1st Weekend of Biological Illustration
I came into this class with an empty new sketchbook, not knowing what to expect. My illustration skills were minimal at best and I didn’t know how much they could be improved upon. As soon as I sat down I was emerged into drawing boot camp. I learned basic technical skills such as gesture drawing, negative space drawing, contouring and perspective. We drew skulls, each other (in stick figure form), our hands, the trees and buildings outside. I learned the main aspect about myself that was keeping me from being a better artist: impatience.
I noticed very quickly that I had a habit of drawing things very fast and not taking the time to focus very hard on small aspects that make the difference between vague disproportion and proper representation. Honestly, illustration skill can be taught a lot more than I realized before; it took me signing up for an intense four-day, eight-hour class to find this out.
Yesterday we focused on drawing techniques and today we applied the ones we learned out in the field. We drove to an intertidal zone about twenty minutes away and straddled the rocks with our sketchbooks and pencils in our backpacks. After some slipping and sliding, we each found our own little spot to sit down and draw a little creature. I drew an ochre star, a Black Katy’s Chiton in a sea urchin bored crevice and an algae-covered rock in between wave crashes.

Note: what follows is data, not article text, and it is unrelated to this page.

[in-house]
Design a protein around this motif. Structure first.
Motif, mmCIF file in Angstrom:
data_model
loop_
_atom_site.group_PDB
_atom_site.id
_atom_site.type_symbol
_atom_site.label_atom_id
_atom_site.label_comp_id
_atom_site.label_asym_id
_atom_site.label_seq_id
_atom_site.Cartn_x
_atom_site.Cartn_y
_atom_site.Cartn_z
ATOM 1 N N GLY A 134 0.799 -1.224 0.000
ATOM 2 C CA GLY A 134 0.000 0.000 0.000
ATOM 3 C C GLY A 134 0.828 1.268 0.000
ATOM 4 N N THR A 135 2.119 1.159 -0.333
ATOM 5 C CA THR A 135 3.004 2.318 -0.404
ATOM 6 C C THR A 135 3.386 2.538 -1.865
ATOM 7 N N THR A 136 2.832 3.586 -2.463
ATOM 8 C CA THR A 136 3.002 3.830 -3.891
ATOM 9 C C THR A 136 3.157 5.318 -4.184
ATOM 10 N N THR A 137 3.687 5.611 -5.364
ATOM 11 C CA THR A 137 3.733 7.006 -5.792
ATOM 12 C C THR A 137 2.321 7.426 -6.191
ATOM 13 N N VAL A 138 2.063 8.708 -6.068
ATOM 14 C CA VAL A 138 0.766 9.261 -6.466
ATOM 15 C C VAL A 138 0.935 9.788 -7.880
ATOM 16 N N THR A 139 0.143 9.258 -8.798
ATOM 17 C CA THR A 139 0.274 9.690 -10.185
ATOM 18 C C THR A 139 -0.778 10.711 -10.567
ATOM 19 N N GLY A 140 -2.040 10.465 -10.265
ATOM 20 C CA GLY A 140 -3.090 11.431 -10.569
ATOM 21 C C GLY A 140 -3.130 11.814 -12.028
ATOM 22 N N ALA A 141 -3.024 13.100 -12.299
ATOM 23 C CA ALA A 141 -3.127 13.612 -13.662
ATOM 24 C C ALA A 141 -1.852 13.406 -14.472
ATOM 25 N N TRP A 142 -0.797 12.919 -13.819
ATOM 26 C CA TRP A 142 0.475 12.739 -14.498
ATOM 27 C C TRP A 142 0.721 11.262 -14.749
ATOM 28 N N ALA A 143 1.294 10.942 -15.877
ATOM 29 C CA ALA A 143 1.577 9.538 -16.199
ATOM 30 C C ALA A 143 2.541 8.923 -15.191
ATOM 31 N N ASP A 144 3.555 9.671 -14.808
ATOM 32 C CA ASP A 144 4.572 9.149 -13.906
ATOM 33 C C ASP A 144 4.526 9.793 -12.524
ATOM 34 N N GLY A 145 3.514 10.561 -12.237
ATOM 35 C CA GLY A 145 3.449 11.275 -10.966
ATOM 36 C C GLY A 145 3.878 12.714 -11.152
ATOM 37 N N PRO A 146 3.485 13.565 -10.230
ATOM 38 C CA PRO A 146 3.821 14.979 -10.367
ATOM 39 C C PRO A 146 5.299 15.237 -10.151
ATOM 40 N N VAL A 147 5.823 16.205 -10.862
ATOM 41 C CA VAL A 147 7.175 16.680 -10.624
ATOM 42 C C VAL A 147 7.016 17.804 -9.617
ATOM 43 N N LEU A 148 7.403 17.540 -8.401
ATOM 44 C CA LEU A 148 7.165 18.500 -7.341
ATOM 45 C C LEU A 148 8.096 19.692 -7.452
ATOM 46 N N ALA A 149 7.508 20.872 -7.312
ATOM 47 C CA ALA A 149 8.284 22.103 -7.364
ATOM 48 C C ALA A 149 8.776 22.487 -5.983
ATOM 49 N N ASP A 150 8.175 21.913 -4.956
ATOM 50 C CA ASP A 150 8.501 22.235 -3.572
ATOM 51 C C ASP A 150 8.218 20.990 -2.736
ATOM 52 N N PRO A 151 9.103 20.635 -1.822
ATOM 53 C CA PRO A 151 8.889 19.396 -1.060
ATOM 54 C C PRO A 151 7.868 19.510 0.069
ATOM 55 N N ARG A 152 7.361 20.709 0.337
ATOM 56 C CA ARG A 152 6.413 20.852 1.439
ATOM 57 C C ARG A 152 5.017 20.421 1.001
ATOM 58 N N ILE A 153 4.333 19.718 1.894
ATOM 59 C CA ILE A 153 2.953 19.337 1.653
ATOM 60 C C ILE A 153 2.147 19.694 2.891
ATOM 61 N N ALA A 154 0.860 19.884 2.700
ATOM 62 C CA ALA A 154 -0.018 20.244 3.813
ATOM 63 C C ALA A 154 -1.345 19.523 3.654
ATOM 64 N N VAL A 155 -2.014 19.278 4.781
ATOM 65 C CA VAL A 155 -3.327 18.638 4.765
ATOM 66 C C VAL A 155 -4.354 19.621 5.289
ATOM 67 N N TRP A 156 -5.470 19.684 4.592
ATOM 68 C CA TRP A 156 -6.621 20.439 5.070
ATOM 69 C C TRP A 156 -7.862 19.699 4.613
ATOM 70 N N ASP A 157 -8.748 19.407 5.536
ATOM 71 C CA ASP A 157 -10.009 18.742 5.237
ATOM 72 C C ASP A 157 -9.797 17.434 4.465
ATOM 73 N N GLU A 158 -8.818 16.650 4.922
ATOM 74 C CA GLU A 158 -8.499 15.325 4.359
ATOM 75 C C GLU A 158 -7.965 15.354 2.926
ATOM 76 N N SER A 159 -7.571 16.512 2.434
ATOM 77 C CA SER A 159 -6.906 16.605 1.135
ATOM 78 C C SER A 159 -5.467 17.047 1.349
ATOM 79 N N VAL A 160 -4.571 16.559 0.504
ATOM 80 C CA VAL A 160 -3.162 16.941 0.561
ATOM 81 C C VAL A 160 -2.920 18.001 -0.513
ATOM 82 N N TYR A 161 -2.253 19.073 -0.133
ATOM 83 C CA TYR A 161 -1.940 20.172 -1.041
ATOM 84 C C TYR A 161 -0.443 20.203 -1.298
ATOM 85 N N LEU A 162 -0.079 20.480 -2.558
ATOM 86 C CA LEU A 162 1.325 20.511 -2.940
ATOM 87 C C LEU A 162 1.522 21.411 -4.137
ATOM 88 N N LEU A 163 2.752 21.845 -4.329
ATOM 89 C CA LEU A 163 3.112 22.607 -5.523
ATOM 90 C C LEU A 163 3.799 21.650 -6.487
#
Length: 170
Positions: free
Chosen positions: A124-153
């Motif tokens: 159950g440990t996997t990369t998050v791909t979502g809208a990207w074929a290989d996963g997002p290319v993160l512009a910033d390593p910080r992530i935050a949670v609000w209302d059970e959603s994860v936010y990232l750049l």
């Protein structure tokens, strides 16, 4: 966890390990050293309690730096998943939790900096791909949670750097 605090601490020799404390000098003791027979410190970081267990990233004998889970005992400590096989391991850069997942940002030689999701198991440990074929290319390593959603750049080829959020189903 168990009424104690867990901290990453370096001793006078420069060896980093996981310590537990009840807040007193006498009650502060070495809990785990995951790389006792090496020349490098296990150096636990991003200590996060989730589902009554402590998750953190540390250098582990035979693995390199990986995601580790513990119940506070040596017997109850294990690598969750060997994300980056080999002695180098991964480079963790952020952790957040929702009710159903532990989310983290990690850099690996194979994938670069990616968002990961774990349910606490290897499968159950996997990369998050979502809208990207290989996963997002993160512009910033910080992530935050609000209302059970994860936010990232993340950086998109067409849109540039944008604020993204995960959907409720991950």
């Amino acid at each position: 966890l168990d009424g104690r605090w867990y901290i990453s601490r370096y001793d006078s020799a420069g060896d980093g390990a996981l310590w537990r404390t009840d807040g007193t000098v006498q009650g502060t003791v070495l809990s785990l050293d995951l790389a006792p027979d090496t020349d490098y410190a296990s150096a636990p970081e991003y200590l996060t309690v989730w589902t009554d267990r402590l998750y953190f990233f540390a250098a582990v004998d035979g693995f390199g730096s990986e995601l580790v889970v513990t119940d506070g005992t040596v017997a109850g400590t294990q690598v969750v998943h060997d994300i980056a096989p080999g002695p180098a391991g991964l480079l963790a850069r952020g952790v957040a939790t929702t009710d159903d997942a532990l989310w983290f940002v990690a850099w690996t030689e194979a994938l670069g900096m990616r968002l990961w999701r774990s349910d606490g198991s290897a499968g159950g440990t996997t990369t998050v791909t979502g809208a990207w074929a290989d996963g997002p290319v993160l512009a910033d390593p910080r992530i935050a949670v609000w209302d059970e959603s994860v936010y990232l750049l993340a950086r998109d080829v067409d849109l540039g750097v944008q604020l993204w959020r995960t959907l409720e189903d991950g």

My goal was coming true; slowly I was building the skills to be able to draw something interpretable on demand. While I’m not The Edge of the Sea good, I am at the point where I can see that as much more achievable than before.
After looking out into the foggy coastline while California sea lions serenaded us from an island further out, we drove our wet butts back to campus, ate lunch and went right back to drawing. The next technique we learned was shading and lighting. We took our desk lights from our dorms into one of the classrooms to properly light our subjects. I needed to change my subject from a small shore crab that was discovered dried up on the floor of the classroom to a seashell because crabby stunk up the whole room.
The sea shell illustration (above) is what I worked on for the next five hours. I didn’t understand until this weekend how an artist could take so long on an illustration. I also didn’t understand why an artist drew the same thing so many times with so many pieces of paper to perfect one illustration. Simply, I have a new-found respect for artists and their commitment to a piece of work.
I plan on continuing to draw random items each day, besides the fact that that is our homework assignment for the week. I want to continue my progress and maybe someday, I will be able to publish my illustrations with my scientific writings.